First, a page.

When He Waka Tapu was established in 1996, it was designed to fill a gap in the provision of violence prevention services, by identifying Maori men as the key target group.

With the support of mana whenua onboard, He Waka Tapu started out in providing men’s programmes for Family Court, Child, Youth and Family Services, Community Probation Services and on release from prison.

Over the fourteen years since then, He Waka Tapu has stretched out over many other services.

And so nowadays, there is a diverse menu of choices on offer when one embarks He Waka Tapu.

There is Te Aratiatia Assessment and Referral Services for whanau experiencing difficulties with alcohol and drugs. There are health and nutrition services; a fitness and exercise room; and for those who prefer, ‘Gentle Exercise programmes’ run by Tania Wharehinga - ranging from dance movement to healthy cooking demonstrations. Now that sounds like me!

Rangatahi are welcome here, with traditional wananga in mau rakau; harakeke; mahinga kai and lots of emphasis on korero, korero, korero.

There are cervical screening clinics; mana wahine services; counselling for couples and whanau; a whanau worker helps respond to the challenge of problem gambling; and there is an emphasis on health promotion.

In short, everything you could want to invest in whanau wellbeing is brought together in this one centre.

And so with this new building, Te Punga, to act as an anchor for our journey ahead, we have reached a point in our history in which we say enough to violence; today we embrace peace.

I want to finish by referring to the words of one of the stories in the book, Don’s Waka, by Rosemary Gregory. In the opening chapter we hear these words:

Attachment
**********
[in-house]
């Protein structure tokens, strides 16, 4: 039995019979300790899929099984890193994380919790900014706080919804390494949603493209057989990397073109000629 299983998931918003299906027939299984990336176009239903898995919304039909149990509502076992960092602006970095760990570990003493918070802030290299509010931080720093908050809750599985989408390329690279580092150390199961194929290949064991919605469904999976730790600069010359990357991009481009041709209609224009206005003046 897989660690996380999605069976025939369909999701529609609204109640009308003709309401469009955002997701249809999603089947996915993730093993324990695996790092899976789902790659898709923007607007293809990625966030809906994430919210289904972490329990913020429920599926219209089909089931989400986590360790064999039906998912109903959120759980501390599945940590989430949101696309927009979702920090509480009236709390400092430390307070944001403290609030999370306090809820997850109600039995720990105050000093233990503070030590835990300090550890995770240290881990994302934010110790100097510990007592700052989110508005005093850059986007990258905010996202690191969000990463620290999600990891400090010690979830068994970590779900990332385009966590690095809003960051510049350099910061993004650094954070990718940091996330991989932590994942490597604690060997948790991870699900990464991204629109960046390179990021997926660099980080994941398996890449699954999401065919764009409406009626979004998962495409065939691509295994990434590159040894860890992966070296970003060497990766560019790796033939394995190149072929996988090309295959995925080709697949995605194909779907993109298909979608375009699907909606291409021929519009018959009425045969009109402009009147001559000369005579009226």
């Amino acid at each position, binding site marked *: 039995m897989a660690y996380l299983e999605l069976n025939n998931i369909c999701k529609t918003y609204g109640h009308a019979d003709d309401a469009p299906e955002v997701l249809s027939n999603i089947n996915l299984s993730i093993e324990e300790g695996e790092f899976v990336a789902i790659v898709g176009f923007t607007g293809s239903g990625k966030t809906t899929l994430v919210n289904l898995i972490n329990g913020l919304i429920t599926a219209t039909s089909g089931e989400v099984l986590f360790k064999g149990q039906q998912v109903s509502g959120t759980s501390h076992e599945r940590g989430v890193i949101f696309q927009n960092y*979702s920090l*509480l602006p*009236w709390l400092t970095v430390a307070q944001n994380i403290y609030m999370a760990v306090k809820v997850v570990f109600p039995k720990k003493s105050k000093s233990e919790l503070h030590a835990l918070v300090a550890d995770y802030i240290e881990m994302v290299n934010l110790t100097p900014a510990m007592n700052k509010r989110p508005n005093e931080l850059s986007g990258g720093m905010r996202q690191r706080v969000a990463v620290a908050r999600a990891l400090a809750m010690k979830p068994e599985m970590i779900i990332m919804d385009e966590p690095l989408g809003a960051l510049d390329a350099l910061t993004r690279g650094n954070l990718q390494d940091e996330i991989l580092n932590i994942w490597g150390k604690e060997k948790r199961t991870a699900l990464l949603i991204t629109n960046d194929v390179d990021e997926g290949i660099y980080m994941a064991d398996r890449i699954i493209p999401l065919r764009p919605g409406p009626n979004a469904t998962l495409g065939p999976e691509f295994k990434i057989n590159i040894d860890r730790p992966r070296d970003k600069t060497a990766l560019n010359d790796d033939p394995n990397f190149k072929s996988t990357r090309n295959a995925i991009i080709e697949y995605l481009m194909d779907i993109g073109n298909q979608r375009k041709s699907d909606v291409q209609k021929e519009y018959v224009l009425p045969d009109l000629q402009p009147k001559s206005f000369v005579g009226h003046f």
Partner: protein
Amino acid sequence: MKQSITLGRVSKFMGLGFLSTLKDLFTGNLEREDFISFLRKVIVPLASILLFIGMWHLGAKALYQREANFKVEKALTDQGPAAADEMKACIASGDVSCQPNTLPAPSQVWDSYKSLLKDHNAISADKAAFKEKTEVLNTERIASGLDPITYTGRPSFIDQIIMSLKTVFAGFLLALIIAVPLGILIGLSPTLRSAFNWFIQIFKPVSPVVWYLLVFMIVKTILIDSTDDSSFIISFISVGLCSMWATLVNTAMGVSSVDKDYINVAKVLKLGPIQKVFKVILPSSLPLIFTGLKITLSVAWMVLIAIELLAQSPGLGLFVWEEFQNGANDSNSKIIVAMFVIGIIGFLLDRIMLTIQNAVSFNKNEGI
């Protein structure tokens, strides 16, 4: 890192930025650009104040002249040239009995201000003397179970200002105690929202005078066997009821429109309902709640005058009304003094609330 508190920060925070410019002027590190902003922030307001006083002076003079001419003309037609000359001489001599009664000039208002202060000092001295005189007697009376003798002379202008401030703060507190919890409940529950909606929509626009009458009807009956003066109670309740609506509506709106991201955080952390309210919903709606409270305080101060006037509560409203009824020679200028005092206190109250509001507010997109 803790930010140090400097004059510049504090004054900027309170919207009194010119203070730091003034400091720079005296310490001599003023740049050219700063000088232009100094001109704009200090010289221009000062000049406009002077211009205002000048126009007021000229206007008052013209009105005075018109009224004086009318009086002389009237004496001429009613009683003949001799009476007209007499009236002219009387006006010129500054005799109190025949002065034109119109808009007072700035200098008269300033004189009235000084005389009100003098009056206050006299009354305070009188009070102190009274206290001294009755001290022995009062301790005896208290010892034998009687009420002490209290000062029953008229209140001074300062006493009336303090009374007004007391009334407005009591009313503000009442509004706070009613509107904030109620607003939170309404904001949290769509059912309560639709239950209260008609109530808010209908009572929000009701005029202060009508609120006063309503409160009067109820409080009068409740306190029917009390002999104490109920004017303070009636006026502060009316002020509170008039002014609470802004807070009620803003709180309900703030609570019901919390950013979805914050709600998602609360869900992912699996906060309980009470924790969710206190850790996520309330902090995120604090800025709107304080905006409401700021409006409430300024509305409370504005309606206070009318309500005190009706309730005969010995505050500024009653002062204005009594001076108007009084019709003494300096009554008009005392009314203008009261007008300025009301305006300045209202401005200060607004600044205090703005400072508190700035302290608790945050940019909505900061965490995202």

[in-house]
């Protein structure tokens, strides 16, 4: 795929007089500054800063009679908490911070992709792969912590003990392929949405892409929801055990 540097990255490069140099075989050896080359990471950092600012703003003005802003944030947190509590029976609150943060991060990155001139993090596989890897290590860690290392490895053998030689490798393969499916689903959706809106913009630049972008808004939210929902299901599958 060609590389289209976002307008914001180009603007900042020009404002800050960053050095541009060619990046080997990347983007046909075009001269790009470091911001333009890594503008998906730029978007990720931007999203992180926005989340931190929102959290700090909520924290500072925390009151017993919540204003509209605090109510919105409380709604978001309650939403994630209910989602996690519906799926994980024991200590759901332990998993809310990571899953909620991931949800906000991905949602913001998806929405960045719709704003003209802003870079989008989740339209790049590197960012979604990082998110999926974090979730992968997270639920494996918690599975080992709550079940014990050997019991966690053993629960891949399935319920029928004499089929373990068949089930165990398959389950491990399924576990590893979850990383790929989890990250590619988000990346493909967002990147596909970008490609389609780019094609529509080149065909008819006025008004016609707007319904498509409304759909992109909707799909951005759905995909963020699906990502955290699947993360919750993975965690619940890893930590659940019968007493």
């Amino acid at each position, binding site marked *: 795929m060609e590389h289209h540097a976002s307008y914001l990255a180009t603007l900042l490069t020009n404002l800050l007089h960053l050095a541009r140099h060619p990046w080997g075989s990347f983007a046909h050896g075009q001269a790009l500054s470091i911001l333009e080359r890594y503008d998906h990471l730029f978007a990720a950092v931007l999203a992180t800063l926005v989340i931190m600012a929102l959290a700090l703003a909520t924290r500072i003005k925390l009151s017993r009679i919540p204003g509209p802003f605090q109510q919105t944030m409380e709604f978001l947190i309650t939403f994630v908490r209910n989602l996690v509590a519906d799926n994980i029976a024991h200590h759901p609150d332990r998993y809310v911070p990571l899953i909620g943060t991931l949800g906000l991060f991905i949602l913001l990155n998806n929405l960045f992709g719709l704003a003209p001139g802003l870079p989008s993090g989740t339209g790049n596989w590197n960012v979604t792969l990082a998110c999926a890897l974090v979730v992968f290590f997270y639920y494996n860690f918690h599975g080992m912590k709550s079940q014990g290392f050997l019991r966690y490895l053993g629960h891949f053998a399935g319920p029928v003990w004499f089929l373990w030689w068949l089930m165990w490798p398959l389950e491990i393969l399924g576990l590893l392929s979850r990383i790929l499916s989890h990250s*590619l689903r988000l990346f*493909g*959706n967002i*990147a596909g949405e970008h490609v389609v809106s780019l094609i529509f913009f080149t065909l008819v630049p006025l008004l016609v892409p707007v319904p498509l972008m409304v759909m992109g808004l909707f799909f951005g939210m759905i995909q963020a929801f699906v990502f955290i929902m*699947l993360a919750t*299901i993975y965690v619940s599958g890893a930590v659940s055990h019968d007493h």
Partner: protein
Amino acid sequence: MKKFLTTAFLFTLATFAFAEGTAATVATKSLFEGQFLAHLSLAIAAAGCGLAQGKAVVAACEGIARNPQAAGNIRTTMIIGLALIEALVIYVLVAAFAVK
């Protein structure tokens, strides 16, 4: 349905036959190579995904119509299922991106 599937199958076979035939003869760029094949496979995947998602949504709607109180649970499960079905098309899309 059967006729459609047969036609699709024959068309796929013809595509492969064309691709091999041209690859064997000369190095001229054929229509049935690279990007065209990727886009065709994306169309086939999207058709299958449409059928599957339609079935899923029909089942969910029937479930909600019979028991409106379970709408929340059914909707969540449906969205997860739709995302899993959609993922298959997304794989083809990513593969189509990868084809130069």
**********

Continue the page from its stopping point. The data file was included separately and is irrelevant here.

“We are now ready my son, to commit ourselves to the journey – to the leaving and to the arriving. We are well prepared. We have done all that is needed.

Our provisions are loaded, the sea is calm and the wind will soon rise. Look the people are gathering for karakia. This is it. It is time to leave this place and sail into the hands of the God who shapes our destiny”.

As we acknowledge this special day, let us commit ourselves to the journey – to leave the trials and tribulations behind and to invest in the arriving of our new world.

The wonderful thing is that the new world we prepare for, is a world we have always known.

A world where children know their whakapapa and their connections to their marae, their waka, their hapu and iwi.

A world where we all practice and uphold the concepts of oranga for our wairua, our tinana, our hinengaro, our whanau.

A world where all members of our whanau can expect safety, protection, integrity, identity, love and hope.

This is the journey towards whanau ora that is the singlemost significant focus of our journey also, as the Maori Party.

Whanau ora is the opportunity for us to be transformational in Parliament and at the Pa – to encourage some flexible thinking in redesigning services with whanau at the centre.

He Waka Tapu is perfectly positioned to navigate a sure and steady direction into the future, based on the foundation of whanau ora. I wish you all great happiness and strength, as you take this waka forward, and as you commit yourself to the journey, a journey of a lifetime.

ENDS